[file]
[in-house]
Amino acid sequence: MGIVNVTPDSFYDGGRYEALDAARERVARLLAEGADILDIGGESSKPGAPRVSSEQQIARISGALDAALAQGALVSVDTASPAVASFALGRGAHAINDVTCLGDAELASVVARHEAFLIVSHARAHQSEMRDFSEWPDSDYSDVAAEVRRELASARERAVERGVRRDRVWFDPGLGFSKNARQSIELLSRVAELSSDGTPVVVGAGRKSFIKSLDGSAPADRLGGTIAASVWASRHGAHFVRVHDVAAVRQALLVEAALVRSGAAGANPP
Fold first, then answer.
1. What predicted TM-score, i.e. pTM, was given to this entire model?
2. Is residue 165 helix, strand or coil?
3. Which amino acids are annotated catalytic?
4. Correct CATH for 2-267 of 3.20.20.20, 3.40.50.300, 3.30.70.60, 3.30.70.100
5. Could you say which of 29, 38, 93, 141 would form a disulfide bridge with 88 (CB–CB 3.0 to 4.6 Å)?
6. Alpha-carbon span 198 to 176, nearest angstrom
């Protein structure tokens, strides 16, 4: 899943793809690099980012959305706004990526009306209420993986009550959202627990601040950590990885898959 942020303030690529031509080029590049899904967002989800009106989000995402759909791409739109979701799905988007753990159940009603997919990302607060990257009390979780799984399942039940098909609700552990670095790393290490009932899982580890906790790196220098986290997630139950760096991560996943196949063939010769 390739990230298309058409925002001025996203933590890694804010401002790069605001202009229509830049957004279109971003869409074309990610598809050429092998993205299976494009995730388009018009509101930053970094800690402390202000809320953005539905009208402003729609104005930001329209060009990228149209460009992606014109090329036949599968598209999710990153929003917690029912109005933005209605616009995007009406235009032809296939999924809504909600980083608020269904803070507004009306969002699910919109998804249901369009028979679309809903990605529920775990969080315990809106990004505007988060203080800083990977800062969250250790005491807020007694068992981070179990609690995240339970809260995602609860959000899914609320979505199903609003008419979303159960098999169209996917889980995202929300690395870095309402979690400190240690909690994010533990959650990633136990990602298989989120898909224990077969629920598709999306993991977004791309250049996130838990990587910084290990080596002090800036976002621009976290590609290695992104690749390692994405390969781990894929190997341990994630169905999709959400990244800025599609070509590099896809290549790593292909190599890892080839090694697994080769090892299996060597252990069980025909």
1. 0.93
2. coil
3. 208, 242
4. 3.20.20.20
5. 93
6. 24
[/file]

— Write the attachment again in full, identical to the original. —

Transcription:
[in-house]
Amino acid sequence: MGIVNVTPDSFYDGGRYEALDAARERVARLLAEGADILDIGGESSKPGAPRVSSEQQIARISGALDAALAQGALVSVDTASPAVASFALGRGAHAINDVTCLGDAELASVVARHEAFLIVSHARAHQSEMRDFSEWPDSDYSDVAAEVRRELASARERAVERGVRRDRVWFDPGLGFSKNARQSIELLSRVAELSSDGTPVVVGAGRKSFIKSLDGSAPADRLGGTIAASVWASRHGAHFVRVHDVAAVRQALLVEAALVRSGAAGANPP
Fold first, then answer.
1. What predicted TM-score, i.e. pTM, was given to this entire model?
2. Is residue 165 helix, strand or coil?
3. Which amino acids are annotated catalytic?
4. Correct CATH for 2-267 of 3.20.20.20, 3.40.50.300, 3.30.70.60, 3.30.70.100
5. Could you say which of 29, 38, 93, 141 would form a disulfide bridge with 88 (CB–CB 3.0 to 4.6 Å)?
6. Alpha-carbon span 198 to 176, nearest angstrom
């Protein structure tokens, strides 16, 4: 899943793809690099980012959305706004990526009306209420993986009550959202627990601040950590990885898959 942020303030690529031509080029590049899904967002989800009106989000995402759909791409739109979701799905988007753990159940009603997919990302607060990257009390979780799984399942039940098909609700552990670095790393290490009932899982580890906790790196220098986290997630139950760096991560996943196949063939010769 390739990230298309058409925002001025996203933590890694804010401002790069605001202009229509830049957004279109971003869409074309990610598809050429092998993205299976494009995730388009018009509101930053970094800690402390202000809320953005539905009208402003729609104005930001329209060009990228149209460009992606014109090329036949599968598209999710990153929003917690029912109005933005209605616009995007009406235009032809296939999924809504909600980083608020269904803070507004009306969002699910919109998804249901369009028979679309809903990605529920775990969080315990809106990004505007988060203080800083990977800062969250250790005491807020007694068992981070179990609690995240339970809260995602609860959000899914609320979505199903609003008419979303159960098999169209996917889980995202929300690395870095309402979690400190240690909690994010533990959650990633136990990602298989989120898909224990077969629920598709999306993991977004791309250049996130838990990587910084290990080596002090800036976002621009976290590609290695992104690749390692994405390969781990894929190997341990994630169905999709959400990244800025599609070509590099896809290549790593292909190599890892080839090694697994080769090892299996060597252990069980025909």
1. 0.93
2. coil
3. 208, 242
4. 3.20.20.20
5. 93
6. 24